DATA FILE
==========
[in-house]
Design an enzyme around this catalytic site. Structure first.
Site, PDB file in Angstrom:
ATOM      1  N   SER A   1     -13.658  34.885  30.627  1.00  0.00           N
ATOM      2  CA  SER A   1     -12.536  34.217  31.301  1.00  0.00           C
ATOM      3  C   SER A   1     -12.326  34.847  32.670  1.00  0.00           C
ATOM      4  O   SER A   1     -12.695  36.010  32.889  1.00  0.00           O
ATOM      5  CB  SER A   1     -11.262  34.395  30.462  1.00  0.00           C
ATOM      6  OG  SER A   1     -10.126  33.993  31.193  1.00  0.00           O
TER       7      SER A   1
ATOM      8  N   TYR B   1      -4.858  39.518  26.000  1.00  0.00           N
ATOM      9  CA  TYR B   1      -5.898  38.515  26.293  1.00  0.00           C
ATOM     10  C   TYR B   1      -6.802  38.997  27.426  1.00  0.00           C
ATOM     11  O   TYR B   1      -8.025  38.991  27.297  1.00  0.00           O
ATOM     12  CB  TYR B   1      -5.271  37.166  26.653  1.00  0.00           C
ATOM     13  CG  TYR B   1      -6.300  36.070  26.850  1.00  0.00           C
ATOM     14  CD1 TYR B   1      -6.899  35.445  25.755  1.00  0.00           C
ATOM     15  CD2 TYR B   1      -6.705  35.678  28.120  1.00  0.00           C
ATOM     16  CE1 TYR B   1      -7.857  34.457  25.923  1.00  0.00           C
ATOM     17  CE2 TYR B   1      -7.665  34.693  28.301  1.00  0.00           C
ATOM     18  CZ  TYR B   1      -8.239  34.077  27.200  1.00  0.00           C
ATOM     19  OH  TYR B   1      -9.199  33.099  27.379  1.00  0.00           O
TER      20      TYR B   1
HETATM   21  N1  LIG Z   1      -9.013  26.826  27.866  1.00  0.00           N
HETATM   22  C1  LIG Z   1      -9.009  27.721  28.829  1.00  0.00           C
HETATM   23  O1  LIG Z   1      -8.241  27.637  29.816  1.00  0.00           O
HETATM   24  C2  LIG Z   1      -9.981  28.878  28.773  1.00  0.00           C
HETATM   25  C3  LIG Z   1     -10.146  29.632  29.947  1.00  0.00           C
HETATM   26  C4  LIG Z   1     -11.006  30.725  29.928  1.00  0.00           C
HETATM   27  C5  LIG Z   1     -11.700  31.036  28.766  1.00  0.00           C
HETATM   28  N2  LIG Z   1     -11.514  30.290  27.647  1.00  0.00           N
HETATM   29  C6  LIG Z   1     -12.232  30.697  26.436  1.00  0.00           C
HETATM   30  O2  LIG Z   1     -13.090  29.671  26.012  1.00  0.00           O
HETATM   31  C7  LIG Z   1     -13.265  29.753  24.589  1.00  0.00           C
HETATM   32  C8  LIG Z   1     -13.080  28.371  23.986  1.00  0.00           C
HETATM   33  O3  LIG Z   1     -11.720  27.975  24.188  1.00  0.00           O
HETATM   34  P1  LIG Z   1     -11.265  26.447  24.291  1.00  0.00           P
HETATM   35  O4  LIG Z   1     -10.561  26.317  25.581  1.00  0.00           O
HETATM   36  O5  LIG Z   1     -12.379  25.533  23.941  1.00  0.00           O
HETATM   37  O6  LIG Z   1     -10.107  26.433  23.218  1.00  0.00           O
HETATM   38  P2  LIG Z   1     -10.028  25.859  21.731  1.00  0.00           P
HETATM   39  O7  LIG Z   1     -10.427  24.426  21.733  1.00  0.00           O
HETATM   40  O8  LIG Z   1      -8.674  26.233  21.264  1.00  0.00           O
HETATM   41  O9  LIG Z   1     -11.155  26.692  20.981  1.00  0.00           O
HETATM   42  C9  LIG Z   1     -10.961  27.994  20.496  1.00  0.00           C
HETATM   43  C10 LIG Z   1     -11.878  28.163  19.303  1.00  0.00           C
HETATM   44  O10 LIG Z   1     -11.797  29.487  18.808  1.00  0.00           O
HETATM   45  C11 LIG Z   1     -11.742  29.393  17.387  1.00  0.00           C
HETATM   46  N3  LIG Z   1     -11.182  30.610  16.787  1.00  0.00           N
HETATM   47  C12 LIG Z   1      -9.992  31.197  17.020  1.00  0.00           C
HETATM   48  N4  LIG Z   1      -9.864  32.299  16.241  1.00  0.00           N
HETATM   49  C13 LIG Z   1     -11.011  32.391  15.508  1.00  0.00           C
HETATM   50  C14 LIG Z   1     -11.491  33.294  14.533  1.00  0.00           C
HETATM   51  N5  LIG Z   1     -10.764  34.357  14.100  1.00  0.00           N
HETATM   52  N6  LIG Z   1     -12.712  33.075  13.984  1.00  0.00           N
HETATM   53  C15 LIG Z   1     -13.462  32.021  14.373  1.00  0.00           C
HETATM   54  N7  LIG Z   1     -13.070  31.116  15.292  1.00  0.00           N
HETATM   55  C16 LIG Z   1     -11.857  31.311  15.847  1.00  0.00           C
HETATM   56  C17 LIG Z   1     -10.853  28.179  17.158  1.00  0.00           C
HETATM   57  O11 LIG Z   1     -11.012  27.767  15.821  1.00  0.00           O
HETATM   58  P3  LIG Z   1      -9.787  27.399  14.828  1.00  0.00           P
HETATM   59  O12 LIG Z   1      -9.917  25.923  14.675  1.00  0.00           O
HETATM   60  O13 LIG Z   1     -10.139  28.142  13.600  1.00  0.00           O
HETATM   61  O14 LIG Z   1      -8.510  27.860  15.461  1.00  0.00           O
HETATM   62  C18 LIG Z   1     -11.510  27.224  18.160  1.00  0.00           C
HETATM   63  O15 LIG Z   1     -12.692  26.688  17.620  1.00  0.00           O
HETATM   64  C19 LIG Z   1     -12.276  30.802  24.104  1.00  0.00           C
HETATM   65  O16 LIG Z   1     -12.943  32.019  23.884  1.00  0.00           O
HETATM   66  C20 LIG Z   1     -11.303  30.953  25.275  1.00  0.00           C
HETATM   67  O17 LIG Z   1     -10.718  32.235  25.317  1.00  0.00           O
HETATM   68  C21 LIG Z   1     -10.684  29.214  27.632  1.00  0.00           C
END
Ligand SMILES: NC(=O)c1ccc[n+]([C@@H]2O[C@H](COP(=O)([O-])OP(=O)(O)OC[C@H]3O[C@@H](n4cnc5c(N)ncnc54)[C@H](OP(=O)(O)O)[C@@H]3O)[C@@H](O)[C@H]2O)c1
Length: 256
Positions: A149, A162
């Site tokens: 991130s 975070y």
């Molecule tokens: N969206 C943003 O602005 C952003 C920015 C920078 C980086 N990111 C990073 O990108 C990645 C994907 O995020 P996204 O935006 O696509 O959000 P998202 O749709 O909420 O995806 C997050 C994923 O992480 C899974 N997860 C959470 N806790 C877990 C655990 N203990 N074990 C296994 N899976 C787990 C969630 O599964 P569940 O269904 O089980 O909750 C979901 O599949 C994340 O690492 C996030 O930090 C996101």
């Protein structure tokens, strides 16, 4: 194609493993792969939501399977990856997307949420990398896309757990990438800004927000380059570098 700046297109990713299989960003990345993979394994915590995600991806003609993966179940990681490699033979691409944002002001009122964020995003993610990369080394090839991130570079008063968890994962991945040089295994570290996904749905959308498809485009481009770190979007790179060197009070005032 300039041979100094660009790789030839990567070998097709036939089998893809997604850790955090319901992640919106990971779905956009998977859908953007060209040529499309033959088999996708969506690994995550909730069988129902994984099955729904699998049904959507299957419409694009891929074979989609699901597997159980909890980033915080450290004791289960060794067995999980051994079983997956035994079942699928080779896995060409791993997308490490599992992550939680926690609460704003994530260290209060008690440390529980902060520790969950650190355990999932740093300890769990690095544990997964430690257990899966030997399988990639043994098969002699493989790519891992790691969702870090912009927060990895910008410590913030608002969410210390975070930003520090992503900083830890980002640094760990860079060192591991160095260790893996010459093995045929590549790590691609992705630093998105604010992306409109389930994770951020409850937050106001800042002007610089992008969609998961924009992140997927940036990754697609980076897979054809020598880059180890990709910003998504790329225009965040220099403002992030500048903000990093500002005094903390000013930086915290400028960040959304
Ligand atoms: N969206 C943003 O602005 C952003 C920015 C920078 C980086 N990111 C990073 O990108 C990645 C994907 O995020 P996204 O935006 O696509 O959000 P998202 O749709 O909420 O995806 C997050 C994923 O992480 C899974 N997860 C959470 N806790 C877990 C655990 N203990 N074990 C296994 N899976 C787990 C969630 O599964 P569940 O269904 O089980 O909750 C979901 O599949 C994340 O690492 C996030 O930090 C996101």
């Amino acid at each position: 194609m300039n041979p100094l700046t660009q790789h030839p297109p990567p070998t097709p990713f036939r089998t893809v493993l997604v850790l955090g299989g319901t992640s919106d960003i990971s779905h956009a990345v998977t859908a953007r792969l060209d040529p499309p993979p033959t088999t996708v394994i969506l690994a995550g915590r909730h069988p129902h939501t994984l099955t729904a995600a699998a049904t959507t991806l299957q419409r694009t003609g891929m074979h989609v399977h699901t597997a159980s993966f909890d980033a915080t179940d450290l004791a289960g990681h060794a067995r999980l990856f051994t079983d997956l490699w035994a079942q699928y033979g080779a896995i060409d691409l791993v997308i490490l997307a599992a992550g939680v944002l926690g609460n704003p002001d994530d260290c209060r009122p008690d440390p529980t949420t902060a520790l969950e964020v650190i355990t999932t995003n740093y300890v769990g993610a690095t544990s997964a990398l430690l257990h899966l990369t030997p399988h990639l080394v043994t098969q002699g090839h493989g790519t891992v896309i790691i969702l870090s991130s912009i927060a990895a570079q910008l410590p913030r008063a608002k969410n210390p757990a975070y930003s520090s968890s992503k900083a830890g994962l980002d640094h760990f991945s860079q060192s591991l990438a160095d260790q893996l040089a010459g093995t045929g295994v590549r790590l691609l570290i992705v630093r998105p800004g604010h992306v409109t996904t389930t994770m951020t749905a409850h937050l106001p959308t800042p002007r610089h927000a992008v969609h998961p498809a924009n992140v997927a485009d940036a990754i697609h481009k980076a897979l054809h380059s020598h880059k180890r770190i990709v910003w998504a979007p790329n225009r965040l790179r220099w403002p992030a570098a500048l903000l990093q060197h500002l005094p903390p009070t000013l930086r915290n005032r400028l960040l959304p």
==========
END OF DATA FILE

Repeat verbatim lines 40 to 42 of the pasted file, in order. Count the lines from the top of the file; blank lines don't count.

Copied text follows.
HETATM   37  O6  LIG Z   1     -10.107  26.433  23.218  1.00  0.00           O
HETATM   38  P2  LIG Z   1     -10.028  25.859  21.731  1.00  0.00           P
HETATM   39  O7  LIG Z   1     -10.427  24.426  21.733  1.00  0.00           O